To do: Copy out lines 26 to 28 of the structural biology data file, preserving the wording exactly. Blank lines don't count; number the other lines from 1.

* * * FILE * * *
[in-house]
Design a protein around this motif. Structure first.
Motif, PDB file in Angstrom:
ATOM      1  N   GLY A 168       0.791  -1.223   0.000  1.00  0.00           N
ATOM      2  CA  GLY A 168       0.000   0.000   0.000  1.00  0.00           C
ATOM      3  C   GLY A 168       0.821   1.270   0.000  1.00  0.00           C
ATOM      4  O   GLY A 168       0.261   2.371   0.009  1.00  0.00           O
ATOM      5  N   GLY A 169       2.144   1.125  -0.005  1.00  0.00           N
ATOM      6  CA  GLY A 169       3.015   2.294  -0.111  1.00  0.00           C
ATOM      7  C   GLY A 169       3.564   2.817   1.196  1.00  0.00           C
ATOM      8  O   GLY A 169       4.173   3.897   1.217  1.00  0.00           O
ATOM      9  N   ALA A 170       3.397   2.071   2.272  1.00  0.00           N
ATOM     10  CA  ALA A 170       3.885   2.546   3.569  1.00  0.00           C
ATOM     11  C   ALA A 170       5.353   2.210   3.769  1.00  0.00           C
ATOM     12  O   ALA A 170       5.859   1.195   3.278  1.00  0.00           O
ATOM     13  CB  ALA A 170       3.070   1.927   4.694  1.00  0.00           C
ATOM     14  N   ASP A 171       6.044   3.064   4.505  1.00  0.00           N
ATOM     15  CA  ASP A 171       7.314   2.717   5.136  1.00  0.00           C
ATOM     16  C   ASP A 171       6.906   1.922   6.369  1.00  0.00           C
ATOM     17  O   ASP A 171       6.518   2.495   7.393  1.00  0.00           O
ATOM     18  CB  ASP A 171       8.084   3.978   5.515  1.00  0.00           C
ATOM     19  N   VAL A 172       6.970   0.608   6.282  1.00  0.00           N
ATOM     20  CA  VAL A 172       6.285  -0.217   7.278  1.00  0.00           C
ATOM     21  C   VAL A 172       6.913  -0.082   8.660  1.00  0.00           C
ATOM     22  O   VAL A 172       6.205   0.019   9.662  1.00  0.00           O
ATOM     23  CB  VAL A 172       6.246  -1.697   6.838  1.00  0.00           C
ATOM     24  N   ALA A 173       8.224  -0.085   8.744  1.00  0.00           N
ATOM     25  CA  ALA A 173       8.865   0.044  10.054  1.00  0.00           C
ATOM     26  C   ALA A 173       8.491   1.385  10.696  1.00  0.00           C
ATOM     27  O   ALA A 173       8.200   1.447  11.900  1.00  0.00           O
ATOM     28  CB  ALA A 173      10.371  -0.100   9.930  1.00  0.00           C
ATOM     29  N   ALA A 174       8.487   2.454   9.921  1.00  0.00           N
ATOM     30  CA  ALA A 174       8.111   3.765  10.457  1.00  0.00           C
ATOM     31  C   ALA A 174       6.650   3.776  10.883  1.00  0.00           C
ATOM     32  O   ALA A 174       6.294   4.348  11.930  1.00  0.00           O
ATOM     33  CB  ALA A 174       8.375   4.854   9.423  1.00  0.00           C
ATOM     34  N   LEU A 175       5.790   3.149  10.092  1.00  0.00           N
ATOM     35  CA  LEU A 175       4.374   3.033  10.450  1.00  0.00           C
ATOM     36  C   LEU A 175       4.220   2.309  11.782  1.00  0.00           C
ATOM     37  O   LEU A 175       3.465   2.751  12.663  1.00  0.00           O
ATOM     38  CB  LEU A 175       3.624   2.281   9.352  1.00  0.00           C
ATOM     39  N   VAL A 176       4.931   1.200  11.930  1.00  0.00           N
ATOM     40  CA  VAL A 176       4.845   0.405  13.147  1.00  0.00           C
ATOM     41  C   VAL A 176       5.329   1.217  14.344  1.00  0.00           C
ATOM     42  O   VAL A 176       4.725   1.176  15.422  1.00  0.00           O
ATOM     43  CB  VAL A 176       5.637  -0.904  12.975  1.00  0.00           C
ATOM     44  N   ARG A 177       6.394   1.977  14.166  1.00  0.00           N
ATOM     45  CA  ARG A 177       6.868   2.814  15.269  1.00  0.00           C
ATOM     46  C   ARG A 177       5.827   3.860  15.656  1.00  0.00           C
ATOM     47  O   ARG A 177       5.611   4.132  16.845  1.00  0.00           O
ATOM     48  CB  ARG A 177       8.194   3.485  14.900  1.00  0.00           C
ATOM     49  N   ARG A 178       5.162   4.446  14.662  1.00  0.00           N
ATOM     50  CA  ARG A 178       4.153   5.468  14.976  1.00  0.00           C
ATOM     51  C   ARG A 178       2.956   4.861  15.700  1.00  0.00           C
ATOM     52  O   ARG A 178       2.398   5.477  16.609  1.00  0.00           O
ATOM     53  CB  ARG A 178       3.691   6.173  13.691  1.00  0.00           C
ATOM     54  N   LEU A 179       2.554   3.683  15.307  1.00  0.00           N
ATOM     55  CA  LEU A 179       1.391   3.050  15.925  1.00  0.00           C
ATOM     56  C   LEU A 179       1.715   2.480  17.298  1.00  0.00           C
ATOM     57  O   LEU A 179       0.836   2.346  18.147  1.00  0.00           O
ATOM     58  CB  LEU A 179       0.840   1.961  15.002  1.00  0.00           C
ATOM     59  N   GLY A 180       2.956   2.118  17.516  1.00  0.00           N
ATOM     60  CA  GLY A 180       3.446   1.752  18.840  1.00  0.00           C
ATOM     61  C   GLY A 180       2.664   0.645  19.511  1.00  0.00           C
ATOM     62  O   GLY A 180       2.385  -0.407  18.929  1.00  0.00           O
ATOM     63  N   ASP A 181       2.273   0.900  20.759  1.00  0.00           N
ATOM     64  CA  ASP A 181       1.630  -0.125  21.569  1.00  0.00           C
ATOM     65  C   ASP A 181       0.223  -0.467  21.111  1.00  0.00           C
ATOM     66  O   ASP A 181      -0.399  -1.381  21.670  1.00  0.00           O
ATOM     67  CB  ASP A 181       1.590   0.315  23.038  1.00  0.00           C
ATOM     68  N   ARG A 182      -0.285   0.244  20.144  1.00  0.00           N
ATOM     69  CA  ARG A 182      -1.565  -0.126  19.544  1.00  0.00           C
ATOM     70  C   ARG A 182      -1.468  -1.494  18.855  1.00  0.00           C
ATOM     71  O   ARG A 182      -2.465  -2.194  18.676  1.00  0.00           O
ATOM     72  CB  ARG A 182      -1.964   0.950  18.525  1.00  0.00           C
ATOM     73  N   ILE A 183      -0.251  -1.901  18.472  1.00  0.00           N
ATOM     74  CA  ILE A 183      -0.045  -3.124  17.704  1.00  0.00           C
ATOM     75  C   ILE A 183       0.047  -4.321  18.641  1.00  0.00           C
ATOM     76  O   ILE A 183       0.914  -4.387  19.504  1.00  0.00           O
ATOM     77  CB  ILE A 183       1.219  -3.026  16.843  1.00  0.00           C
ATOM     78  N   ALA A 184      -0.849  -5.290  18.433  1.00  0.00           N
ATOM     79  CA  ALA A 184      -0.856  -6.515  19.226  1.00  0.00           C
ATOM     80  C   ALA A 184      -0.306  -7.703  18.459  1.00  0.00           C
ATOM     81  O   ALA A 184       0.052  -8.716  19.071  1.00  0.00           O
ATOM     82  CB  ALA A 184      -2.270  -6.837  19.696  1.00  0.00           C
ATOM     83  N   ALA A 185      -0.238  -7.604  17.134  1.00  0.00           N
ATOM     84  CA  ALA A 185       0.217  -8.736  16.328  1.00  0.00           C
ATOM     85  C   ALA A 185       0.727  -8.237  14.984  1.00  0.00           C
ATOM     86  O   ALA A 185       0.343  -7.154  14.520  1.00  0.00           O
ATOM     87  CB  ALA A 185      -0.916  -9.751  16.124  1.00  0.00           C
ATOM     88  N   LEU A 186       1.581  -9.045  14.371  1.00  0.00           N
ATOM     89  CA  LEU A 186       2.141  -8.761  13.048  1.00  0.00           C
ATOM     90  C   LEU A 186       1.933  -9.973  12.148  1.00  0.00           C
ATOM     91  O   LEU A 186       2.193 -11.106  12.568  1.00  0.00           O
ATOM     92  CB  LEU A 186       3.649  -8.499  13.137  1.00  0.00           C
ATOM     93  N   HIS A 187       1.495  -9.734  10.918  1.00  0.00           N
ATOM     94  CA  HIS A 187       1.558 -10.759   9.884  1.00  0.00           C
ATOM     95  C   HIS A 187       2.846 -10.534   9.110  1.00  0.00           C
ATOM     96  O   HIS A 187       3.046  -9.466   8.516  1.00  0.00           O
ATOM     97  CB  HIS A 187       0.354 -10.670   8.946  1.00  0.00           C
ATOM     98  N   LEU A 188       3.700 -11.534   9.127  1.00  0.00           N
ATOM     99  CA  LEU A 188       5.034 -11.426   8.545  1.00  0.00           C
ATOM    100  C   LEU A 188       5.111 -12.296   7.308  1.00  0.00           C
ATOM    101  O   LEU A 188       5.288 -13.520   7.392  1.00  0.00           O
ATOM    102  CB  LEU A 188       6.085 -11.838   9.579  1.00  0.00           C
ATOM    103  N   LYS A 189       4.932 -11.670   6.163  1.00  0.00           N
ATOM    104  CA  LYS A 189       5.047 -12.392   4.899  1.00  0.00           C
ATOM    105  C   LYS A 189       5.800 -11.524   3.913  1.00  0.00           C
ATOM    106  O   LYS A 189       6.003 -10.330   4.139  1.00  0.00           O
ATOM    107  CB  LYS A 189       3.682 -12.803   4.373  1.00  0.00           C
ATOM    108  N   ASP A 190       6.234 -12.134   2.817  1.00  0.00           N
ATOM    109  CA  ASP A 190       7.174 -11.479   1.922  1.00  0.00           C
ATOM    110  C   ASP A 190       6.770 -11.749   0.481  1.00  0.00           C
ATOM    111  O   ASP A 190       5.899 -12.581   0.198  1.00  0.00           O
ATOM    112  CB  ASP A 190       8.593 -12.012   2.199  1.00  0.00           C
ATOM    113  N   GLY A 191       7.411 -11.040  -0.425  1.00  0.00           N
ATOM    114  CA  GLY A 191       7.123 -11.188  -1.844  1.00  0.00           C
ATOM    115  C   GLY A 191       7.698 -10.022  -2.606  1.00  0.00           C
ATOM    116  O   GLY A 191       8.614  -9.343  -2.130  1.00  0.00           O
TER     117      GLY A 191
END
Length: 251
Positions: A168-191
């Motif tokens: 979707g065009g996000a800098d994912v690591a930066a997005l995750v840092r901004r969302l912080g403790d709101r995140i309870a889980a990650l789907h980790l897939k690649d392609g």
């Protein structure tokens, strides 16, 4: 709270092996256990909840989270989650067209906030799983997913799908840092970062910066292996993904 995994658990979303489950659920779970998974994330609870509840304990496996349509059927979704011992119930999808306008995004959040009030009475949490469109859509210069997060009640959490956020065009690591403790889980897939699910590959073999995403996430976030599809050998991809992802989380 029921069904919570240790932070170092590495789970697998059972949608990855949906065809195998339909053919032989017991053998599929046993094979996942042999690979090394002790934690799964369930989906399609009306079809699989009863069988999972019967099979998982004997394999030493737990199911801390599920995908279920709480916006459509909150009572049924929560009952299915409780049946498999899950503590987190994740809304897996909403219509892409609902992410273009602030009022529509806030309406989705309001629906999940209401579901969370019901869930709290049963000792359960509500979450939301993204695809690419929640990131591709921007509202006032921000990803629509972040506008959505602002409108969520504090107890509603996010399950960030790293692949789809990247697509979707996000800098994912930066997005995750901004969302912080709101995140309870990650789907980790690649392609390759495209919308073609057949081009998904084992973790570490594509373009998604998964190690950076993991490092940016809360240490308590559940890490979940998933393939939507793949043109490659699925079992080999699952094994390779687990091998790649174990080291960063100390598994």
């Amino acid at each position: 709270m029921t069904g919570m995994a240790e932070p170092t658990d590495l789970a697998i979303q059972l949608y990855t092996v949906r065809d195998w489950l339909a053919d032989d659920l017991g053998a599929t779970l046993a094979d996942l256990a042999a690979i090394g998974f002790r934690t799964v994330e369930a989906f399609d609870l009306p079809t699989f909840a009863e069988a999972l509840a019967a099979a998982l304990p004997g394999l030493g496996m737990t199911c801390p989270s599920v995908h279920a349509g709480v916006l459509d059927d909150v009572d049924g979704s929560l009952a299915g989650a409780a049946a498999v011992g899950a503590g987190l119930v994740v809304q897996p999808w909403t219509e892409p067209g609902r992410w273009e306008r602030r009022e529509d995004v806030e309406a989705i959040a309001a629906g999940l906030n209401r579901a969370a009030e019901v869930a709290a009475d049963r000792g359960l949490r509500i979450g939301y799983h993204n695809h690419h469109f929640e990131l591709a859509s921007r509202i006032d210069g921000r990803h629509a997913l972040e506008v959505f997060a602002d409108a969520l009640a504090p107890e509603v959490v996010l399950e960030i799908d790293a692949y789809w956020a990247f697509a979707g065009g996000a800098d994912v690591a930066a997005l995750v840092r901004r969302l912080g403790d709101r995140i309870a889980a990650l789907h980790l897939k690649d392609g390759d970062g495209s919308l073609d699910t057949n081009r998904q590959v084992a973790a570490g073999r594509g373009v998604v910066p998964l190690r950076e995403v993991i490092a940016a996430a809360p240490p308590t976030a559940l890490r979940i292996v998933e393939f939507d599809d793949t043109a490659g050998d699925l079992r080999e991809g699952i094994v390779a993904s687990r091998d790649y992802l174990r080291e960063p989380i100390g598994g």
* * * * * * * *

ATOM     23  CB  VAL A 172       6.246  -1.697   6.838  1.00  0.00           C
ATOM     24  N   ALA A 173       8.224  -0.085   8.744  1.00  0.00           N
ATOM     25  CA  ALA A 173       8.865   0.044  10.054  1.00  0.00           C